Carne de Porco à Alentejana has cubes of fried pork and cockles cooked in a sauce of tomato and onion.
Faisão Estufado is stuffed pheasant marinated in wine and brandy.
Febras de Porco (pork fillets)
Leitão Assado (roast suckling pig)
Another regional dish is Caldo Verde (literally 'green broth') made from potatoes, shredded cabbage and onions - and spicy chouriço sausage (which of
course I leave out when I cook it for my own consumption).
...And if you really are missing a taste of home among all those foreign delicacies, then you could always drive to Albufeira, where, at Fat Frank´s, you could gorge yourself on the
familiar, with a meal of fish and chips! (Your secret's safe with me, honest).
I know lots of wine snobs turn up their noses at the lack of 'quality' Portuguese wines, but hey - I always enjoy them!
When it's really hot, I go for vinho verde, which isn't actually green, you'll be relieved to hear. It's light and tangy and a good swig 'resets' my palate between courses.
While not to my taste, the white port (porto branco) is a popular choice served chilled as an aperitif. A simple way to add something 'extra unusual' to a holiday
By the bye, I've never spotted a Portuguese citizen drinking the famous Mateus Rosé, so if you ask for that when ordering in an Algarve restaurant, you might as well wear a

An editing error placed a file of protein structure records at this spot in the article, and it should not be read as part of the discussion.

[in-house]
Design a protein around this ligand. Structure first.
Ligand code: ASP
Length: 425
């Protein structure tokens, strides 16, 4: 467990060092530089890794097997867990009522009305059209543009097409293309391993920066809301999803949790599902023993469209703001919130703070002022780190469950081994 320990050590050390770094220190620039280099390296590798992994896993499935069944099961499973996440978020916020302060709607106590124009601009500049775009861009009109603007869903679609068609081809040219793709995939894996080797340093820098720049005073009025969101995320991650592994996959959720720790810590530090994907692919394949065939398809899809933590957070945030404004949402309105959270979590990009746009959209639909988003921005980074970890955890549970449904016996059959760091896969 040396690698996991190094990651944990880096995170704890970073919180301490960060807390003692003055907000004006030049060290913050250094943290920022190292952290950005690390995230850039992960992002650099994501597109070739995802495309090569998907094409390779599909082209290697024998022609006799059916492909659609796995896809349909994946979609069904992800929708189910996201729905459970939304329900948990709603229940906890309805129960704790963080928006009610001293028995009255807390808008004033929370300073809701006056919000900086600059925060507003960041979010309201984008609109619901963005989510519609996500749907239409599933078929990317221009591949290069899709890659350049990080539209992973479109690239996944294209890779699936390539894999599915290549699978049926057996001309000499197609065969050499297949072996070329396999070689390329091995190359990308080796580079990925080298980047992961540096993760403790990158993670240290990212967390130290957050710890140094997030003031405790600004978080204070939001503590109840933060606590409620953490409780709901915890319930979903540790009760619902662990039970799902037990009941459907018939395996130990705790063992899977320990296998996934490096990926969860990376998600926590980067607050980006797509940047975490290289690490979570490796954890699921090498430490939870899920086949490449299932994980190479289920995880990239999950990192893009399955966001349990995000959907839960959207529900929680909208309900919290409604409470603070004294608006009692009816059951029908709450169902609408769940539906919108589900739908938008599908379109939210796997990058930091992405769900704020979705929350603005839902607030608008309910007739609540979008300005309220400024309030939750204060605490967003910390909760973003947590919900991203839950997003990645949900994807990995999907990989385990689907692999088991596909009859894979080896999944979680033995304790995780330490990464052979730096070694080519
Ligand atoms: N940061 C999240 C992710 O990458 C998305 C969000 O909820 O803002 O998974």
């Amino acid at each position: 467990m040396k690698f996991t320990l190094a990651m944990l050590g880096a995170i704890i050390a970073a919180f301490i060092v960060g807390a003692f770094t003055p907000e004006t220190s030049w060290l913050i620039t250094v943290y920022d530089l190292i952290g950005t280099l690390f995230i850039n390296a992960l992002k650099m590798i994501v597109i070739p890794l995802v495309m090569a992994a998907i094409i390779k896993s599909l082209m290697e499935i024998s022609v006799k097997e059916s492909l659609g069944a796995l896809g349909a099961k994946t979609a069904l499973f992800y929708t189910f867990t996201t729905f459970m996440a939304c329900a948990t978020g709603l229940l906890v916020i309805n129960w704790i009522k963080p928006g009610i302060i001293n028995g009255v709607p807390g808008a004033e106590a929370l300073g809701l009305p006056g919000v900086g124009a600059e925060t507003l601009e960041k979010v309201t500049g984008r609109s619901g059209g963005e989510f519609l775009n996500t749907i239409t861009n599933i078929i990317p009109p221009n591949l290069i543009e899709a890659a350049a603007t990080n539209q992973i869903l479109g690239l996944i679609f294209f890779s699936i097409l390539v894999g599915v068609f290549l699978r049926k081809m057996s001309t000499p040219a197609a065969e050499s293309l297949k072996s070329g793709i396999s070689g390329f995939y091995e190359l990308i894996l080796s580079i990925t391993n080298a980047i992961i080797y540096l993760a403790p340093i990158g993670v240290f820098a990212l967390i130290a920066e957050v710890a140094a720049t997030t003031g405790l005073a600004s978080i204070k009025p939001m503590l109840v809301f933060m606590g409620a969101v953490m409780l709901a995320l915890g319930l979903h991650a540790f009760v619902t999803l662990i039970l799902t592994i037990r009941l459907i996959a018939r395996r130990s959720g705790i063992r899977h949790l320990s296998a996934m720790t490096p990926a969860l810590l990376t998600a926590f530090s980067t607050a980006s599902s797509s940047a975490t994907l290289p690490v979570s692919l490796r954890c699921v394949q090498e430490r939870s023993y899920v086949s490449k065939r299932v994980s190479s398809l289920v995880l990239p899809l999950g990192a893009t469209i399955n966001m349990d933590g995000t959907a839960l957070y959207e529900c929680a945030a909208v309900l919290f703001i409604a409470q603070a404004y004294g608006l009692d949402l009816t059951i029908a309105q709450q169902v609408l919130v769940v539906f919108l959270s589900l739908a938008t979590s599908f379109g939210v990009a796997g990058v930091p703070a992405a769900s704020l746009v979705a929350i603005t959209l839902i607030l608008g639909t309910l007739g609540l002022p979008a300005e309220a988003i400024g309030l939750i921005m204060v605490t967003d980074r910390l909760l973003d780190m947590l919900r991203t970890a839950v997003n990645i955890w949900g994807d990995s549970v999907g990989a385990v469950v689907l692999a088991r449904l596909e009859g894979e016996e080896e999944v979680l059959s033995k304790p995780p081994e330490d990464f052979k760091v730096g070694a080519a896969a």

sign that reads "Tourist". (Of course, if you're like me, your limited Portuguese and 'dodgy' accent may already have given you away).
Algarve restaurants tend to be unpretentious, and your first impression might even be that they're rather too plain.
But, I think it would be a shame if the nature of eating out in the
Algarve were to be 'shoehorned' into a blander, slicker and more cosmopolitan style. And visitors would be the poorer if the region's natural charm succumbed to the one-size-fits-all approach
of many other popular holiday spots around the world.
After all, the whole point of getting away from it all is that you're not at home, isn't it?
I hope you'll join me in trying to enjoy the Algarve for what it is.
And, do let me know of any favourite dishes you come across during your own explorations of Algarve restaurants and I'll mention the best ones here (with suitable attribution, naturally). Just
send me the details using the Your Algarve Best form.
Meantime, if you want to know about my current favourite eating places in the Algarve, see my top choices on the Fave Restaurants page.